Italy's Amalfi Coast

Rent a convertible or hop on a ferry and discover this European coastline brimming with timeless churches, lemon groves, and wonderful wares.

Amalfi Coast in Italy, image

The town of Amalfi boasts historic architecture such as the Cathedral of Sant’ Andrea and stunning coastal vistas.

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Odysseus may have withstood the call of the Sirens near here long ago, but few modern travelers can resist the allure of 13 candy-colored villages clinging to a sinuous Italian coastline. An hour south of Naples, this is the Italy of dreams: timeless churches overlooking sun-drenched piazzas, fragrant lemon groves awaiting a limoncello afterlife, fishing boats bobbing brightly on the sapphire sea.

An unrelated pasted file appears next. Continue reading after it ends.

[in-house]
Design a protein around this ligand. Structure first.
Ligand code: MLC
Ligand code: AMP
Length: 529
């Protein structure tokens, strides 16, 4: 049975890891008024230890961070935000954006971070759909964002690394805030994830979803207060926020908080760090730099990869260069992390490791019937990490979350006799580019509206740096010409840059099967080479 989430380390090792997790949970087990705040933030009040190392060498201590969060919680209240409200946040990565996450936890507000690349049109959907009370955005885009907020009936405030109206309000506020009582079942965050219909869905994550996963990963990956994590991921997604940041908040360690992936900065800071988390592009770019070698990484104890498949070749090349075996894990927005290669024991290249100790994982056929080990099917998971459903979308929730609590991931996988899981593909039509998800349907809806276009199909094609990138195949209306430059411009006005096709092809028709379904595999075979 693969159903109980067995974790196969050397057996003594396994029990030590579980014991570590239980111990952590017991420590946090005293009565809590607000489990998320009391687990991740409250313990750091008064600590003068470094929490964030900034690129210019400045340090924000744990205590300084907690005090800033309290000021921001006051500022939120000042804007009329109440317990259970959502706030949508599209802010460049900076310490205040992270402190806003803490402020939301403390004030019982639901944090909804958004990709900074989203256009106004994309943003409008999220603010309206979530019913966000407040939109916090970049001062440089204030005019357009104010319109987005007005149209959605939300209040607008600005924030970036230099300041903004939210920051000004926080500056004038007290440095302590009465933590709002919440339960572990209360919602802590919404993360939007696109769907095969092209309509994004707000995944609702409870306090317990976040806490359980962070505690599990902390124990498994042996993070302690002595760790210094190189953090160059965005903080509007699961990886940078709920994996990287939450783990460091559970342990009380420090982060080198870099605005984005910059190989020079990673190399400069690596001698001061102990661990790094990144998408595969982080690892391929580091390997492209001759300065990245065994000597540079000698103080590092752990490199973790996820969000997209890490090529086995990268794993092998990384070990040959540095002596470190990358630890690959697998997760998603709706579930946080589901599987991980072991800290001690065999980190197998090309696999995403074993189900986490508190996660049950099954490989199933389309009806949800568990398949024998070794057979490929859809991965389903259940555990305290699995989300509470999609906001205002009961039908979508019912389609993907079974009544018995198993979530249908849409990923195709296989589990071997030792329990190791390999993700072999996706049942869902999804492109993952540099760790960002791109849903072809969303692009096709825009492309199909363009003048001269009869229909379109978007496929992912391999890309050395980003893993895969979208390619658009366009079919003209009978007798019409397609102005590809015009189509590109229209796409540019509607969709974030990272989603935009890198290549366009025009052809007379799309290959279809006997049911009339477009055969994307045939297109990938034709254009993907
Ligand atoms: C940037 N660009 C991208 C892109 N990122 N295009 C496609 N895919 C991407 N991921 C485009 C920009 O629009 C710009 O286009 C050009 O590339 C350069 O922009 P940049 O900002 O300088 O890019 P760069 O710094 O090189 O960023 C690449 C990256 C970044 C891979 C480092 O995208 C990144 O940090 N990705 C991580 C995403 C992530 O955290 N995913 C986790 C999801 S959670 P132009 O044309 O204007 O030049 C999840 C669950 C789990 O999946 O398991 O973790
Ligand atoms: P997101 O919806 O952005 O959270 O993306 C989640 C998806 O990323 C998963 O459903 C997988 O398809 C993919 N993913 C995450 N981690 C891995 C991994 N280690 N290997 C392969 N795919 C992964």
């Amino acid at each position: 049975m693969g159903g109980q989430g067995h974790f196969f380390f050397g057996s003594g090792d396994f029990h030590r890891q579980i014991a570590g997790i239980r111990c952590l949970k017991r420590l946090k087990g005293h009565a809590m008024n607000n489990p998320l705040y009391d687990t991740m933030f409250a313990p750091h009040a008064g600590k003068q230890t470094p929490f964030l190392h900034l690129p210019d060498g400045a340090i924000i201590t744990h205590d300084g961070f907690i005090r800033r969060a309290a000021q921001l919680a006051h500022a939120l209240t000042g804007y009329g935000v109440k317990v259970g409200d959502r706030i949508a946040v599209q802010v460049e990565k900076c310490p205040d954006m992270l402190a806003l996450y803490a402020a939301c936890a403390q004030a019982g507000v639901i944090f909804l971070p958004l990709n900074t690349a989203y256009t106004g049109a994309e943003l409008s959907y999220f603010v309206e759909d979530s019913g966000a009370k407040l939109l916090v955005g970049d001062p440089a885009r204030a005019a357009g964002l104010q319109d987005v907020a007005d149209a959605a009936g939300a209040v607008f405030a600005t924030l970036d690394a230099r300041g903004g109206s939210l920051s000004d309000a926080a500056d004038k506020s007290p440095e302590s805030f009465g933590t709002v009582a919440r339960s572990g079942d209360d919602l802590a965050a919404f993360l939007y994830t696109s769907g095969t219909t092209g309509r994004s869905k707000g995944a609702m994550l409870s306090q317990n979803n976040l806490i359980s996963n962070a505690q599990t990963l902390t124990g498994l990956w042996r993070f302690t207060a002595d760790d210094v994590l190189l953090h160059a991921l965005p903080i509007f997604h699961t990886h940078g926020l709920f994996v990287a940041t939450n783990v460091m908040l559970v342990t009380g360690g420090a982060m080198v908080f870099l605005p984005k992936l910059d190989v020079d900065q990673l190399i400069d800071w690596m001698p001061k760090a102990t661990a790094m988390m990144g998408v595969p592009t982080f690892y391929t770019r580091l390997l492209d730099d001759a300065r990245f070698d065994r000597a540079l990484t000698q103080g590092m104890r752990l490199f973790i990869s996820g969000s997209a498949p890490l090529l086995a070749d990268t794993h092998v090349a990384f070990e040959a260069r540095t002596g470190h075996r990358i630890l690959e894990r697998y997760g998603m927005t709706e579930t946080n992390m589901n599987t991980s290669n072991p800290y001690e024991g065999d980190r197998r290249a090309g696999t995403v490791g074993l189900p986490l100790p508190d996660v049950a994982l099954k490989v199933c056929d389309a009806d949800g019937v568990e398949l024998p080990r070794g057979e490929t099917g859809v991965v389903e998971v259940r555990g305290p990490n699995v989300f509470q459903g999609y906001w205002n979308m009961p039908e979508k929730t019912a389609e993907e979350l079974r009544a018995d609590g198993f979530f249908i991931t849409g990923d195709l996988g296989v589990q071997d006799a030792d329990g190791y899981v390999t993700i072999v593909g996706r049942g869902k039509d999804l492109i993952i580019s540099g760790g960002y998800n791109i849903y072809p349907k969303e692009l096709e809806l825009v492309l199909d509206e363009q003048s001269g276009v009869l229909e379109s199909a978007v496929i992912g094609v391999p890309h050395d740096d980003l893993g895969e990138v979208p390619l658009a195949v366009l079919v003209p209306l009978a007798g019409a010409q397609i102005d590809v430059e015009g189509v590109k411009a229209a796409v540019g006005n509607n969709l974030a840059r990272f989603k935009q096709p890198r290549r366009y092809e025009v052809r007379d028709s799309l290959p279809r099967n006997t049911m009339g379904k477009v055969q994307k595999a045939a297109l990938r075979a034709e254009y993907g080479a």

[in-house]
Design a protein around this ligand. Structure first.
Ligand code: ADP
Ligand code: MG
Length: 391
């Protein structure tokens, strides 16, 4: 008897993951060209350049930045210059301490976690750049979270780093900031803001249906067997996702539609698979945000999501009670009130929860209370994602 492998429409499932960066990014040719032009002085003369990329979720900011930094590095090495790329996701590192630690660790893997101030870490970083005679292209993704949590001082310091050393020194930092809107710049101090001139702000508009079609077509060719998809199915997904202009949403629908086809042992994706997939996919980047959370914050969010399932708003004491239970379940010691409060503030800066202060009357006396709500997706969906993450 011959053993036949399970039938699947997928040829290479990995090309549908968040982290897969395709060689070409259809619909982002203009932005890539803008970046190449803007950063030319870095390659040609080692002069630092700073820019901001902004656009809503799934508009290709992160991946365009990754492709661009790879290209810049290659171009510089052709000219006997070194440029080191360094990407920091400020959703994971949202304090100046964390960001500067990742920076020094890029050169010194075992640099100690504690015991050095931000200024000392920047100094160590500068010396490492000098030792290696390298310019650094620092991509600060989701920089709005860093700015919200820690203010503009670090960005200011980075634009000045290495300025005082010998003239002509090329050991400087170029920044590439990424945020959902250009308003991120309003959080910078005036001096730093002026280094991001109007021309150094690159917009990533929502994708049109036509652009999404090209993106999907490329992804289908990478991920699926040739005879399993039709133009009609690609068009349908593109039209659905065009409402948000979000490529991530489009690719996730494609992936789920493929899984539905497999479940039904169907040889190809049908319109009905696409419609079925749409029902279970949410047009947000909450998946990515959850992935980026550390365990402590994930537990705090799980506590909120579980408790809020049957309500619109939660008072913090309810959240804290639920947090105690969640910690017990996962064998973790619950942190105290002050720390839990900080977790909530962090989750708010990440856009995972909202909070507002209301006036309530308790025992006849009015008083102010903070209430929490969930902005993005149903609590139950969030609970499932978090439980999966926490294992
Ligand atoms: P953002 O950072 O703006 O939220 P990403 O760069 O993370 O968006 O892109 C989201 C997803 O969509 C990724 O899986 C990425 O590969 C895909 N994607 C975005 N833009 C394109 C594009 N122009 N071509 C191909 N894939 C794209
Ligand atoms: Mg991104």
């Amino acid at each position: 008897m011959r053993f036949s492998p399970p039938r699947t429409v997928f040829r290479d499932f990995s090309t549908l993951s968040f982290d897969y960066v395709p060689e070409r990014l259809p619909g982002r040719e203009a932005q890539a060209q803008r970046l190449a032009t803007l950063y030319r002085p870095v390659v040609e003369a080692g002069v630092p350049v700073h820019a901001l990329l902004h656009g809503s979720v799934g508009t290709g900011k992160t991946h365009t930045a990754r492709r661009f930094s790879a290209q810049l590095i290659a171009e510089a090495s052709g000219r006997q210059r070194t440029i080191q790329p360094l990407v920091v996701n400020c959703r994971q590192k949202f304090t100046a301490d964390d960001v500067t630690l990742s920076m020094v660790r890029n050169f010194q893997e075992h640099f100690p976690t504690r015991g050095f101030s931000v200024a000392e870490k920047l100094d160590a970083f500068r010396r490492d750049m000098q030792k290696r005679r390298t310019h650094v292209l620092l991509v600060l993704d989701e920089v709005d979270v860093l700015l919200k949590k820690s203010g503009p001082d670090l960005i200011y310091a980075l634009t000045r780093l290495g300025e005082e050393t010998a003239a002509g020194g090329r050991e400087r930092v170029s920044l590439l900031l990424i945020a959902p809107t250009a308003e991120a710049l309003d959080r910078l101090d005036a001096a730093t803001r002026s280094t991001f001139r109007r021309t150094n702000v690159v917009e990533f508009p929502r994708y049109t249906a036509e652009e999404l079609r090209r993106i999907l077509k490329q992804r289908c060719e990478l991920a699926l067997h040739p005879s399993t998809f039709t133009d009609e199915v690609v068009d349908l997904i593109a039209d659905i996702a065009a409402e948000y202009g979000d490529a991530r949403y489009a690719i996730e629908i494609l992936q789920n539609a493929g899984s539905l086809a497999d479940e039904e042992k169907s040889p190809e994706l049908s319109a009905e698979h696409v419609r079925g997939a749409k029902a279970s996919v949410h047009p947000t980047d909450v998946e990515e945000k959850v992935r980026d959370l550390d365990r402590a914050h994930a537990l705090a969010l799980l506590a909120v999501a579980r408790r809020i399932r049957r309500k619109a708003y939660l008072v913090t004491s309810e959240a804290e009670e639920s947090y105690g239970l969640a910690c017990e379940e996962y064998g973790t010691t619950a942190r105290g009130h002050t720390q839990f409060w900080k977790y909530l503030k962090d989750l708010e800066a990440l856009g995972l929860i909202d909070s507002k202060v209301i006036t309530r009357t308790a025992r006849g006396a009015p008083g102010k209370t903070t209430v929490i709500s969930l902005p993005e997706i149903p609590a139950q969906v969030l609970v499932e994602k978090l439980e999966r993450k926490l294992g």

Visitors can shop for ceramics and custom-made sandals in pretty Positano, follow in the footsteps of D.H. Lawrence and Ingrid Bergman in romantic Ravello, or rent a convertible and live out a James Bond fan­tasy along the Amalfi Coast drive, a legendary 34-mile stretch with more twists than a plate of fusilli. Local buses offer sightseeing without the white knuckles; better yet, hop a coastal ferry for panoramic views of turquoise coves and yacht-dotted harbors that would make even a Greek hero drop anchor and swim for shore. 

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Photography courtesy of Wikipedia

This article was first published in March 2012. Some facts may have aged gracelessly. Please call ahead to verify information.

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